Barnes has accepted some of the limitations of his job. “We are not able to provide remote services. That’s one ethical thing that we have to be careful about,” he said while thinking about providing services to students abroad. Barnes said that while solutions are being looked into, they cannot legally provide remote services. He does, however, suggest that students can prepare for abroad by visiting the Counseling Center.

“Life is unpredictable, so we can’t plan for everything that will happen,” said Barnes. “Hopefully, they’ll come see us before they go, and we make a plan.” While that plan might not be perfect, the hope is that it can serve as a valuable resource for the student.

The Counseling Center also aims to keep improving and to track its progress through surveys  that evaluate the effectiveness of services provided.

Barnes said, “We can say with a lot of certainty that students get better because that’s what the data shows us.” Although no service is 100% perfect, the Counseling Center’s data shows that the majority of experiences are effective.  Even for those whom the Counseling Center didn’t necessarily help, there is still value in the service.

Despite her poor experience, Redford said, “If someone is struggling, I do still try to get them to go to the Counseling Center.” Especially for serious issues, Redford still thinks the Counseling Center is a good resource to have.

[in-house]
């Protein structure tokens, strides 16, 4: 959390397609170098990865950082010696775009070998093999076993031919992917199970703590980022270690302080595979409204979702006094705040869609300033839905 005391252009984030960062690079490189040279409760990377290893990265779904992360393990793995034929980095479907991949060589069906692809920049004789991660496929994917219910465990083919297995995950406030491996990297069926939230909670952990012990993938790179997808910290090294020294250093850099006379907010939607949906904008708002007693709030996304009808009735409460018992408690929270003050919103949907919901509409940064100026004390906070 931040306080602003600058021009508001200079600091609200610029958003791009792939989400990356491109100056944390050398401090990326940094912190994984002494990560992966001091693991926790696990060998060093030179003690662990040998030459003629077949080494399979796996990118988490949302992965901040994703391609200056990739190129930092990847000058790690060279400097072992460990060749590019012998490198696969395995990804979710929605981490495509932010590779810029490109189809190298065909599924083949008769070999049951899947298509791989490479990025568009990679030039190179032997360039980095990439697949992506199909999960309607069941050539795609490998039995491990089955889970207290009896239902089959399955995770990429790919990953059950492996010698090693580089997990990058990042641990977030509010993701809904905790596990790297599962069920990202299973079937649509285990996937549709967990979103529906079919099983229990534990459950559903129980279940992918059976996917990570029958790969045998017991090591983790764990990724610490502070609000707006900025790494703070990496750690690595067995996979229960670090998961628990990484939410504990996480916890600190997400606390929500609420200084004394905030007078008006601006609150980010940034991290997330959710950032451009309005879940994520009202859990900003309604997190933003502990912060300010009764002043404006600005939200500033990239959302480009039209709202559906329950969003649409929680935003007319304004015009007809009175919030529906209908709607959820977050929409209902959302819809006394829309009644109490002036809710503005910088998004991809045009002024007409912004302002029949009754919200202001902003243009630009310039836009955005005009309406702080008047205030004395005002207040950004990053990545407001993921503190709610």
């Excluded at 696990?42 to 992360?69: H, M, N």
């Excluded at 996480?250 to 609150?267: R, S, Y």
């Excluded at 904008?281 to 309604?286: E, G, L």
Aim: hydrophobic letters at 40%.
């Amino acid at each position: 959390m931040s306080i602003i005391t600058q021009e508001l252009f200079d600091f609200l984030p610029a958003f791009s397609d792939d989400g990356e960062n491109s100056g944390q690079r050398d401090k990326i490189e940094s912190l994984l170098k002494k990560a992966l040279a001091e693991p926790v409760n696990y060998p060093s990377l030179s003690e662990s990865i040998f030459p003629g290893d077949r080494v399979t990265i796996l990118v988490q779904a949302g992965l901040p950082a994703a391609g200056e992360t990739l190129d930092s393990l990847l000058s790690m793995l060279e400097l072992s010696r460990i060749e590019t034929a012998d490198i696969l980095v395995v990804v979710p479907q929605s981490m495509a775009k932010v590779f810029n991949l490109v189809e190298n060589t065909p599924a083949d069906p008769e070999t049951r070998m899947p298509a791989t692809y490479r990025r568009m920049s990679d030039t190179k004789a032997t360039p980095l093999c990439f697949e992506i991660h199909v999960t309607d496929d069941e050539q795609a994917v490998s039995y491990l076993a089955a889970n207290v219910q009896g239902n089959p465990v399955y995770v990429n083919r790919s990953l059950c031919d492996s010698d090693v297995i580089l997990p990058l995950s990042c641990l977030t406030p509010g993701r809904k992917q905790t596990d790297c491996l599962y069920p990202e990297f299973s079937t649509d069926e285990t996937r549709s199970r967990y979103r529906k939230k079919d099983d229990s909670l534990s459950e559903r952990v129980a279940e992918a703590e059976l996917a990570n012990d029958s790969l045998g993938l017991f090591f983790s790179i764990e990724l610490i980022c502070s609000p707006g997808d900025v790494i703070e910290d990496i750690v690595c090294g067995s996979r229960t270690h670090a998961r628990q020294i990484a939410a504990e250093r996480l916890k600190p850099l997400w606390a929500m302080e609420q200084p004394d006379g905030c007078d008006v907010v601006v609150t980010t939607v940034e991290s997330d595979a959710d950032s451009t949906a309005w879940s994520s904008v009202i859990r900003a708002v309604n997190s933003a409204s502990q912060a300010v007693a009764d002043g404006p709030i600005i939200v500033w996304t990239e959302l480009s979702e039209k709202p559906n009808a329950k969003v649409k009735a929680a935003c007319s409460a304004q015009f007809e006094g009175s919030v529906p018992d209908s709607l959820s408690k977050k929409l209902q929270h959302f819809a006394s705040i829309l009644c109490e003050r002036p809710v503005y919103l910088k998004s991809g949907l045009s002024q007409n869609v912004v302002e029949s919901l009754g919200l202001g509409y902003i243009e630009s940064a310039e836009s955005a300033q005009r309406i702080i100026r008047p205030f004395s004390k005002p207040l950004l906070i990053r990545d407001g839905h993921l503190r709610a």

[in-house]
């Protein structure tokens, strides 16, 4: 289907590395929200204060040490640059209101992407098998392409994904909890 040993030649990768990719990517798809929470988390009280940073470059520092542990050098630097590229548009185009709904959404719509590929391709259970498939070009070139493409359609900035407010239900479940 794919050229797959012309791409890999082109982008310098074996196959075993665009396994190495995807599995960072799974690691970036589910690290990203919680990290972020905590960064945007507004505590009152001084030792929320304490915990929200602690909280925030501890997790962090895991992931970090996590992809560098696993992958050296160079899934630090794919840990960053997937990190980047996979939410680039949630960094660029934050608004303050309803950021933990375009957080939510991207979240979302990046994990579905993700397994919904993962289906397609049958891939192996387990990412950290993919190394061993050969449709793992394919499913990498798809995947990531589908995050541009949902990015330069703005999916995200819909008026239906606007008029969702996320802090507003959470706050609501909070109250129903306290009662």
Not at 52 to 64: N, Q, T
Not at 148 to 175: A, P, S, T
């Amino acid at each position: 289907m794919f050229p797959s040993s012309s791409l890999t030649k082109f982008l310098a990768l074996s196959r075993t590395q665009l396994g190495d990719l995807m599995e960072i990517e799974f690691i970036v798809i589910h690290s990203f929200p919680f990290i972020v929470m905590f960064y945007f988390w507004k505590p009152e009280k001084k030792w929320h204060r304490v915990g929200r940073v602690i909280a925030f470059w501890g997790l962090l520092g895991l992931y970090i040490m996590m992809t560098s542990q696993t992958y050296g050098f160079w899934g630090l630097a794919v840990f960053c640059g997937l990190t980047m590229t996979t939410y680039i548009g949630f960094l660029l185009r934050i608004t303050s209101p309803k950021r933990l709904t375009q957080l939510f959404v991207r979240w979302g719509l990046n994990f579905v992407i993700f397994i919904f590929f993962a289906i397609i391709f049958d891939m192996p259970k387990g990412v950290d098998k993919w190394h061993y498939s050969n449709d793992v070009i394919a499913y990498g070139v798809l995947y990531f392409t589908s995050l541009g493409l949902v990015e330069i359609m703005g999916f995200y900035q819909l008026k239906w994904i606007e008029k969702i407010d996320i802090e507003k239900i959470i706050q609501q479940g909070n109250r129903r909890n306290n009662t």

Redford is not alone in recommending the Counseling Center.  According to the Counseling Center’s statistics for 2017-2018, over 99% of students who used the Counseling Center’s services would recommend the Counseling Center to a friend with similar problems.  The same percentage of students reported being satisfied with their experiences at the Counseling Center.

Margaret Meyers says she would not only recommend the Counseling Center to her friends, but to all Loyola students that might want help.  

“I think that the Counseling Center is a great confidential resource that is free.  Students should take advantage of it while they are at Loyola.”

*Names changed for confidentiality and privacy.

Feature Image: Courtesy of the Counseling Center and Sean Mizoguchi ’20.

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Students share experiences with the Counseling Center